make book
phrasal to accept bets at calculated odds on all the entrants in a race or contest

New Collegiate Dictionary. 2001.

Look at other dictionaries:

  • make book — index parlay (bet) Burton s Legal Thesaurus. William C. Burton. 2006 …   Law dictionary

  • make book — verb a) To gamble, either by placing or taking bets. In the American League, front running Cleveland was an odds on favorite with the men who make book on baseball. b) To be very confident. Oh, you can make book that she didnt start no love… …   Wiktionary

  • make book — phrasal 1. : to accept bets at calculated odds on all the entrants in a race or contest : lay odds 2. : to make a business of accepting bets * * * take bets on the outcome of an event figurative I wouldn t make book on it …   Useful english dictionary

  • make book — {v. phr.} To serve as a bookmaker taking bets on the horse races. * /The police were out to prosecute anybody who made book illegally./ …   Dictionary of American idioms

  • make book — {v. phr.} To serve as a bookmaker taking bets on the horse races. * /The police were out to prosecute anybody who made book illegally./ …   Dictionary of American idioms

  • make\ book — v. phr. To serve as a bookmaker taking bets on the horse races. The police were out to prosecute anybody who made book illegally …   Словарь американских идиом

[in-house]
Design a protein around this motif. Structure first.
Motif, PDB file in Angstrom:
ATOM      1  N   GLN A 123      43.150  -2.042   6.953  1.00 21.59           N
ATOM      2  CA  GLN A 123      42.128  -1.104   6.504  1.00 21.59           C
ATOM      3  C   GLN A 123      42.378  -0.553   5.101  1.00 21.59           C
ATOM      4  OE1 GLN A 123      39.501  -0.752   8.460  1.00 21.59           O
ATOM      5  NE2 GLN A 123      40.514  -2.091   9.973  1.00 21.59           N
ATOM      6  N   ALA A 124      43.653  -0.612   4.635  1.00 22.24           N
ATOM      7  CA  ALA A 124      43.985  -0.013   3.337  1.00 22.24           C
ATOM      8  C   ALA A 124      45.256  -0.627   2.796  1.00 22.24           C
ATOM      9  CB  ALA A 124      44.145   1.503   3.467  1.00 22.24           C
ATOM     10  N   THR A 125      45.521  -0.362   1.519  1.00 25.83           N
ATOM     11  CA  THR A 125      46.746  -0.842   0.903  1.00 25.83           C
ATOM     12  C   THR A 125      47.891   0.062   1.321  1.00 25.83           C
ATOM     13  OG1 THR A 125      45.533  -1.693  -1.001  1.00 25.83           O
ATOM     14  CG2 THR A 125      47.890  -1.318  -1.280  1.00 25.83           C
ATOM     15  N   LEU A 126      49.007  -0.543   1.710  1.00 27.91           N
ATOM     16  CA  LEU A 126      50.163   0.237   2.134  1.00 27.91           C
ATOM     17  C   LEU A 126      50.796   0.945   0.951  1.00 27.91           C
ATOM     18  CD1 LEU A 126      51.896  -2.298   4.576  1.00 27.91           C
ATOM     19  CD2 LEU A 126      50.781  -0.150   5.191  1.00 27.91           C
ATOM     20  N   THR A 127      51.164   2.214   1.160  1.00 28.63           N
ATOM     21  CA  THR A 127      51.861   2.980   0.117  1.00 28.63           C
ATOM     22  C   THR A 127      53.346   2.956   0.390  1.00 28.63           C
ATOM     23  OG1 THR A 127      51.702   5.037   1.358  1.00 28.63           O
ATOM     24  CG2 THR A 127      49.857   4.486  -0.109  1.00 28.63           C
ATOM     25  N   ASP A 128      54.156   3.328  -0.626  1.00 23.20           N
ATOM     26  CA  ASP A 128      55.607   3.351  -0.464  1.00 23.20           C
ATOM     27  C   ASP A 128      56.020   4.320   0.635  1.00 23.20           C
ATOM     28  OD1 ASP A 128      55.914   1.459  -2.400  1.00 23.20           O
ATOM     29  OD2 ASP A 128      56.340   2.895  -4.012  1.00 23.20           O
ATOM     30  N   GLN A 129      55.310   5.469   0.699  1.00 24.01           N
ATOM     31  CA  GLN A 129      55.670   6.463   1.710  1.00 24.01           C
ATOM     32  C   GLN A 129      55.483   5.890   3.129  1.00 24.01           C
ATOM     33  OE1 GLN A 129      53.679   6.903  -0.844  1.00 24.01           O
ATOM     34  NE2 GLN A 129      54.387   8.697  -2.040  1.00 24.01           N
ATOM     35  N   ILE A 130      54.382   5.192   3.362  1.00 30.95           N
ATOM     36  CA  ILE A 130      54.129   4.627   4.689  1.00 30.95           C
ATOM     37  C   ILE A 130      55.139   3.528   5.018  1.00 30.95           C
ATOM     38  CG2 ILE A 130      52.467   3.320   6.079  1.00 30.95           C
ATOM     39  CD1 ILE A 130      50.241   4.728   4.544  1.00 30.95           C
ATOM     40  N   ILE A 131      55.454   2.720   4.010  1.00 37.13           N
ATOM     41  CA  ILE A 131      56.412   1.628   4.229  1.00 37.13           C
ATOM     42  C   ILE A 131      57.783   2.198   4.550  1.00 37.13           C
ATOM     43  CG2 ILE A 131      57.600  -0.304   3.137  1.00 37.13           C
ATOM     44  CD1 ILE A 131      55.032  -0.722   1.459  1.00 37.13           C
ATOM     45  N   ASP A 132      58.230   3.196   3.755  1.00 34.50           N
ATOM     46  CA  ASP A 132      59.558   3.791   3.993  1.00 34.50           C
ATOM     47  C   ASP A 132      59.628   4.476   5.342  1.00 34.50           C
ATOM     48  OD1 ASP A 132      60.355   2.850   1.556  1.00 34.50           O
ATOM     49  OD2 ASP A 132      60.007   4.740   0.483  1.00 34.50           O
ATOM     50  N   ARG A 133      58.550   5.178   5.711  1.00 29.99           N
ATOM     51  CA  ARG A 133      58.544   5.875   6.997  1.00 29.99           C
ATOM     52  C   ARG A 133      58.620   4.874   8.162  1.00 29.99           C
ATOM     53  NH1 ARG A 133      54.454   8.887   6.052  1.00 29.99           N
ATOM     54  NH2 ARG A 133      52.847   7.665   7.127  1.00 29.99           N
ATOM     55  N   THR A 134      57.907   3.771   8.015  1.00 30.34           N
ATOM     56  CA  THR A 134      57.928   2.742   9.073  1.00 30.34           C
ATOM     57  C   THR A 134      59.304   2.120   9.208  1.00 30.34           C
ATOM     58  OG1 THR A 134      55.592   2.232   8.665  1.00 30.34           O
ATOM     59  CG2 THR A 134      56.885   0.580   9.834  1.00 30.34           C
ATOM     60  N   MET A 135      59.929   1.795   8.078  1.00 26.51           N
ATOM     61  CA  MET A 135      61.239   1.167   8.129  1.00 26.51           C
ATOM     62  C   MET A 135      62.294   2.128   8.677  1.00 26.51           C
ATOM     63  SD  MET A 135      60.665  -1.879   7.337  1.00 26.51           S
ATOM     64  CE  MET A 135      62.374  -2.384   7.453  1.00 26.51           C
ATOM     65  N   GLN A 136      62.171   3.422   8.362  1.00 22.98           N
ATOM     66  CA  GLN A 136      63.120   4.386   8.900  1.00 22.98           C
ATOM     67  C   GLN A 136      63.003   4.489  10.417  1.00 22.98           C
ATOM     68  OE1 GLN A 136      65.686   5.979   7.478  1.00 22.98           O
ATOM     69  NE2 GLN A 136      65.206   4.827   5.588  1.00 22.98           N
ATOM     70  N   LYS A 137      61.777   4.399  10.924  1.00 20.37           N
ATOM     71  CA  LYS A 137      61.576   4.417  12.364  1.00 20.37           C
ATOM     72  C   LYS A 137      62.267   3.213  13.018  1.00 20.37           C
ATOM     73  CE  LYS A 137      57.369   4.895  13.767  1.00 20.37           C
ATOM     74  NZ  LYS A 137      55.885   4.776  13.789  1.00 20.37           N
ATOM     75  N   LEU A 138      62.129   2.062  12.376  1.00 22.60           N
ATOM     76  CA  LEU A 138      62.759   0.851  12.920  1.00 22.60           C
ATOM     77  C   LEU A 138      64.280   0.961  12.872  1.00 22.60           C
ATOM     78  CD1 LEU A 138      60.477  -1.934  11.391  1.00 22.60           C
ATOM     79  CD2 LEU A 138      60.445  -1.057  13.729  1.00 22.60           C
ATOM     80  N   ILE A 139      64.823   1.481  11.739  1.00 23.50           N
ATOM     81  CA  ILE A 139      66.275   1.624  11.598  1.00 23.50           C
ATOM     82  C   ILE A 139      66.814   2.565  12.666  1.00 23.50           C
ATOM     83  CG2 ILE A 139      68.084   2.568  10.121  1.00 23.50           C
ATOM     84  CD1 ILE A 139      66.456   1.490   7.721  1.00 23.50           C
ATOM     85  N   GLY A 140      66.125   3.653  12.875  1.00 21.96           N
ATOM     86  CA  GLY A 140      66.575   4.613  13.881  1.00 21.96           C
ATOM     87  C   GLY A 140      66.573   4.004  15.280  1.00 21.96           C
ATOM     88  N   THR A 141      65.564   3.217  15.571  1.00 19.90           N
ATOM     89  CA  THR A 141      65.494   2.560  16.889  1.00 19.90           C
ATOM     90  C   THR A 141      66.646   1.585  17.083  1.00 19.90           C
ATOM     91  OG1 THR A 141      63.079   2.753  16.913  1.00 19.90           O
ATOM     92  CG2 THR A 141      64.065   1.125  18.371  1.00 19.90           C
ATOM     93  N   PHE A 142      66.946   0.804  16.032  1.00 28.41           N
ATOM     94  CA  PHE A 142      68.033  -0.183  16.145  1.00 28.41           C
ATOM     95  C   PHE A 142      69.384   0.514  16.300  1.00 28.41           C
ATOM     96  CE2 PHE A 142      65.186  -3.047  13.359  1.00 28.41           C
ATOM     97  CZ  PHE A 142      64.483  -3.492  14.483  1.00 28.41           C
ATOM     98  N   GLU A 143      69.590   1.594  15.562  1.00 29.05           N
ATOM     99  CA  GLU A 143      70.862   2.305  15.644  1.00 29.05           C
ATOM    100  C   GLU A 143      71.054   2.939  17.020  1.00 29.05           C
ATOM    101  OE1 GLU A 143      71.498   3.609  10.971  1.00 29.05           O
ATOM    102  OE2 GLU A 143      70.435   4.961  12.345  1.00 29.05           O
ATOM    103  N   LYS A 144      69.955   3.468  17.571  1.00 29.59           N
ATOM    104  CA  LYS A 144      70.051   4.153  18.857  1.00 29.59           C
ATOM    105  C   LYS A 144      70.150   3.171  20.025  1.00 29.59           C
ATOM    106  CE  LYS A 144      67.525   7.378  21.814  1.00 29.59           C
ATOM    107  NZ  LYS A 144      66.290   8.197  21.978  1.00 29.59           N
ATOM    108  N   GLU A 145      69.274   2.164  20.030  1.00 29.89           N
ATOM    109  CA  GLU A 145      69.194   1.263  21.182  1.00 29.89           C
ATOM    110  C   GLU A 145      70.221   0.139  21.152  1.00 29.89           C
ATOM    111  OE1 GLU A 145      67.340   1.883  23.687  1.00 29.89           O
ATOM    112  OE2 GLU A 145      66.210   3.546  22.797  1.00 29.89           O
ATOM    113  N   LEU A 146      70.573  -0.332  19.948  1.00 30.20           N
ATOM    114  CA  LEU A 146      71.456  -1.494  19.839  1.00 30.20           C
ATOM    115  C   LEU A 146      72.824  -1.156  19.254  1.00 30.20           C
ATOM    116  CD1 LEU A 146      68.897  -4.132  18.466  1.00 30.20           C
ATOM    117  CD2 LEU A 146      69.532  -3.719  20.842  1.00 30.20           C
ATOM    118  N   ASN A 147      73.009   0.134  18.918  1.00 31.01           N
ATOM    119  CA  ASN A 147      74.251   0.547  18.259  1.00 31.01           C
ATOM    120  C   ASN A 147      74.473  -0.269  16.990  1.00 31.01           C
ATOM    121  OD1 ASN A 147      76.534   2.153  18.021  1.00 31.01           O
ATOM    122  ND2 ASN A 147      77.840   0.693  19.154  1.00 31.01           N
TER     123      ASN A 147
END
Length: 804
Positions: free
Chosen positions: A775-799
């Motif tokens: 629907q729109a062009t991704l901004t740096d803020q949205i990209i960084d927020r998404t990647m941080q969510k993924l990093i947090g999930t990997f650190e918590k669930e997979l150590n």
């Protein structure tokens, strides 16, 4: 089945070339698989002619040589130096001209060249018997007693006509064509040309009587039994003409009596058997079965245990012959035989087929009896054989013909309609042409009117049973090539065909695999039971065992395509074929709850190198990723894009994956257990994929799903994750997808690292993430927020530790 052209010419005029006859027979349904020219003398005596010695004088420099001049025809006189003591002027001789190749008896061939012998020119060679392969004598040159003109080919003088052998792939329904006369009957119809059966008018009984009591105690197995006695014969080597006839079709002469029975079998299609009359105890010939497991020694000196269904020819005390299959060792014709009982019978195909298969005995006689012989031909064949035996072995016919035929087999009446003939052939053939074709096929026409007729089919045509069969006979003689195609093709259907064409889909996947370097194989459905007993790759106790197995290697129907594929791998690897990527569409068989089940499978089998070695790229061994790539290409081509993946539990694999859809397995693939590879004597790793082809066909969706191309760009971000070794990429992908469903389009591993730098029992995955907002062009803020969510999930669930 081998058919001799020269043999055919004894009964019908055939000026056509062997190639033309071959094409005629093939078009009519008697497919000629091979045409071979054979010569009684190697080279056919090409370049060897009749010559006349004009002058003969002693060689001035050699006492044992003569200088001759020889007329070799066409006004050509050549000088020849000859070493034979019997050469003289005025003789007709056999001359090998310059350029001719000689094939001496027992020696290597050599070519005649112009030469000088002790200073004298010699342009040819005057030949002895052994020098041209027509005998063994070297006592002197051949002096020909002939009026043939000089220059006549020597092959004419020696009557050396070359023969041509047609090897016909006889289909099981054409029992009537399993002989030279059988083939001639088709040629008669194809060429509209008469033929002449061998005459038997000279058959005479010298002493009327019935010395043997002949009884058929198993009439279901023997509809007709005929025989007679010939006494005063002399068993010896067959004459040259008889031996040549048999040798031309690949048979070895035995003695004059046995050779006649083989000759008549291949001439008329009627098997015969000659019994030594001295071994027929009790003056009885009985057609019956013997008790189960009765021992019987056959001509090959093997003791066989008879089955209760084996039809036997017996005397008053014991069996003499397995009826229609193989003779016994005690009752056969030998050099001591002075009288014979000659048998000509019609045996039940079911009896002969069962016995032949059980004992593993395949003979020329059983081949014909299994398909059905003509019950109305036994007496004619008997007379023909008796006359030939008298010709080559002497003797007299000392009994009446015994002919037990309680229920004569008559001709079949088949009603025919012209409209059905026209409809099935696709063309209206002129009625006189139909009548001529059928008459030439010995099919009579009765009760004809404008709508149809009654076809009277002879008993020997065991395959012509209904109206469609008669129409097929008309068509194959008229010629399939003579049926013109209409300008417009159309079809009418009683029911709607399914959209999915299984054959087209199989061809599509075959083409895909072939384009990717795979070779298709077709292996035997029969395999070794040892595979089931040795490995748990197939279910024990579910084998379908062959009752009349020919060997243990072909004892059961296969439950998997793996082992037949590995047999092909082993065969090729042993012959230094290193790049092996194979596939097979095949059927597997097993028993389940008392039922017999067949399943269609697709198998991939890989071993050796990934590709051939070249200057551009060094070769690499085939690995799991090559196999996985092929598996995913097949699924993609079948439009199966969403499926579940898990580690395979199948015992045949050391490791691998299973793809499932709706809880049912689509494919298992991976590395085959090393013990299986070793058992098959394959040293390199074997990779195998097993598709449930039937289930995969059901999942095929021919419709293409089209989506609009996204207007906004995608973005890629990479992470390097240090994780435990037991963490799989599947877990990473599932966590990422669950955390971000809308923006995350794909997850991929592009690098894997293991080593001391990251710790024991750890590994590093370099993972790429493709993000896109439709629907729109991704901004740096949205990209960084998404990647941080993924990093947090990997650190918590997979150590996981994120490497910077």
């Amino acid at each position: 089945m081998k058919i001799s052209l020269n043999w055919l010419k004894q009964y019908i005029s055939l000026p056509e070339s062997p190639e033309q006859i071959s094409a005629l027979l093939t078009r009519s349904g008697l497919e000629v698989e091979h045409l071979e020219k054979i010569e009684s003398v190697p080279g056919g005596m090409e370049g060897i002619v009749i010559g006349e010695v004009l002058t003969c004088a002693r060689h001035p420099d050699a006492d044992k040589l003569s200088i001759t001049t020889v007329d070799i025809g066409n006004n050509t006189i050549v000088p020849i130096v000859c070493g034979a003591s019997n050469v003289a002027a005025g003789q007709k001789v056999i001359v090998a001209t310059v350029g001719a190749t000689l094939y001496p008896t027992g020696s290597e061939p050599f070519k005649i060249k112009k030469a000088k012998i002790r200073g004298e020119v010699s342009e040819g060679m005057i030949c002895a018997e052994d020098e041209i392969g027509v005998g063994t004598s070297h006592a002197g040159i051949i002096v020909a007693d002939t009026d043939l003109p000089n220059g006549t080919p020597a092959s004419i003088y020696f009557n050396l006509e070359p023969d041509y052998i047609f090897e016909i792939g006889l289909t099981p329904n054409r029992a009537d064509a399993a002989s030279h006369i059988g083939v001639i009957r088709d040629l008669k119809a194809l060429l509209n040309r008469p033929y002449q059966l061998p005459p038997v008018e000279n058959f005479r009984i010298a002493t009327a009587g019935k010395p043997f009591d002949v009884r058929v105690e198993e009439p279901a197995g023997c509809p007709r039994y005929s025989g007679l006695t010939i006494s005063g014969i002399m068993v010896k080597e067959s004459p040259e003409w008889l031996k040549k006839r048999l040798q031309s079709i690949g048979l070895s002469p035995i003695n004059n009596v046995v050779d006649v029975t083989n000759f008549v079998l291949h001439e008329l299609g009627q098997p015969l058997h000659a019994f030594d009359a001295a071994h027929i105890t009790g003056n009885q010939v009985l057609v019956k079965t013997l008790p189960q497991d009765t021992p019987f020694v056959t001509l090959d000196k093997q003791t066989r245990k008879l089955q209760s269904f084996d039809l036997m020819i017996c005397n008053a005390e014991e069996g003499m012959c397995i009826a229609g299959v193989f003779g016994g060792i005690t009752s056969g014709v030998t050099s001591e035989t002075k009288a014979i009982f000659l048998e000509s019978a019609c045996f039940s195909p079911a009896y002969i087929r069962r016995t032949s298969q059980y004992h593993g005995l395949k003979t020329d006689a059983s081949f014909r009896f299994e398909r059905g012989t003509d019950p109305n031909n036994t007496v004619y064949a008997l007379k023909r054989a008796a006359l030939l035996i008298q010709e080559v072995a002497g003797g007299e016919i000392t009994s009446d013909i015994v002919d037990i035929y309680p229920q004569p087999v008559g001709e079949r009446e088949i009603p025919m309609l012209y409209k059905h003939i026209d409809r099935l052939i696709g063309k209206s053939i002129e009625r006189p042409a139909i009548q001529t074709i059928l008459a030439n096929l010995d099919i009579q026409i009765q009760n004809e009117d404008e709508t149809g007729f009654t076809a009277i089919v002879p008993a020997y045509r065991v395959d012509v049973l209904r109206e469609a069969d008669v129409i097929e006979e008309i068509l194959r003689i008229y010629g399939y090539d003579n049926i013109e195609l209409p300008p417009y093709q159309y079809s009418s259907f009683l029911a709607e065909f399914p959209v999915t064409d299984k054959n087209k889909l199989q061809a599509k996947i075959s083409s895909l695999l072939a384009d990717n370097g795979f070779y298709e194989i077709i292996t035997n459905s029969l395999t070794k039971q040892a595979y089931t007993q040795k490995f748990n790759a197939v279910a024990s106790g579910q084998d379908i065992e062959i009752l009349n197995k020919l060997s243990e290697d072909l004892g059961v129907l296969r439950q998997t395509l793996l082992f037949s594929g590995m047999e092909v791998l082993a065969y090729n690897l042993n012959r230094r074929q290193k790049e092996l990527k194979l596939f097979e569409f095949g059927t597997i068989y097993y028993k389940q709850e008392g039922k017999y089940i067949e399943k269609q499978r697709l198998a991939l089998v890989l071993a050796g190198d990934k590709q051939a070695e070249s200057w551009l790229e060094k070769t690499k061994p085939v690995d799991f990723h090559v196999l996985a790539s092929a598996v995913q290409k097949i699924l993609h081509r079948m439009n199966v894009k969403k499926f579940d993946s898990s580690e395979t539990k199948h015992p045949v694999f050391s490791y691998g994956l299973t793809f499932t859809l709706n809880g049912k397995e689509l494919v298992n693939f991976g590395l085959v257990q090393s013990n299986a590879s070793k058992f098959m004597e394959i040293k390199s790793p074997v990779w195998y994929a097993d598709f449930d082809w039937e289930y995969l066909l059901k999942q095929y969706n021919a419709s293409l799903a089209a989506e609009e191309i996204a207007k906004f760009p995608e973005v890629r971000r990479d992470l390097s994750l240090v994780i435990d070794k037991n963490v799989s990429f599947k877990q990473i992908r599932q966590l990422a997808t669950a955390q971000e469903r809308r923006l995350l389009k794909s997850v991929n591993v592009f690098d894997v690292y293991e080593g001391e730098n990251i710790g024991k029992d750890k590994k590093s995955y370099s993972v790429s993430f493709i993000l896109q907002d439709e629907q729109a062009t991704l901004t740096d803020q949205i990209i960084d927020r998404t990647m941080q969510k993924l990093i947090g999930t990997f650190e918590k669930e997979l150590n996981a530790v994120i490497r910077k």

• make book — bus idi a) idi to take bets and give odds b) to wager; bet …   From formal English to slang

  • make (or open) a book (N. Amer. make book) — take bets and pay out winnings on the outcome of a contest or other event. → book …   English new terms dictionary

  • make book on something — tv. to make or accept bets on something. □ Well, she might. But I wouldn’t make book on it. □ Don’t make book on my success in this game …   Dictionary of American slang and colloquial expressions

  • To make book — Book Book (b[oo^]k), n. [OE. book, bok, AS. b[=o]c; akin to Goth. b[=o]ka a letter, in pl. book, writing, Icel. b[=o]k, Sw. bok, Dan. bog, OS. b[=o]k, D. boek, OHG. puoh, G. buch; and fr. AS. b[=o]c, b[=e]ce, beech; because the ancient Saxons and …   The Collaborative International Dictionary of English

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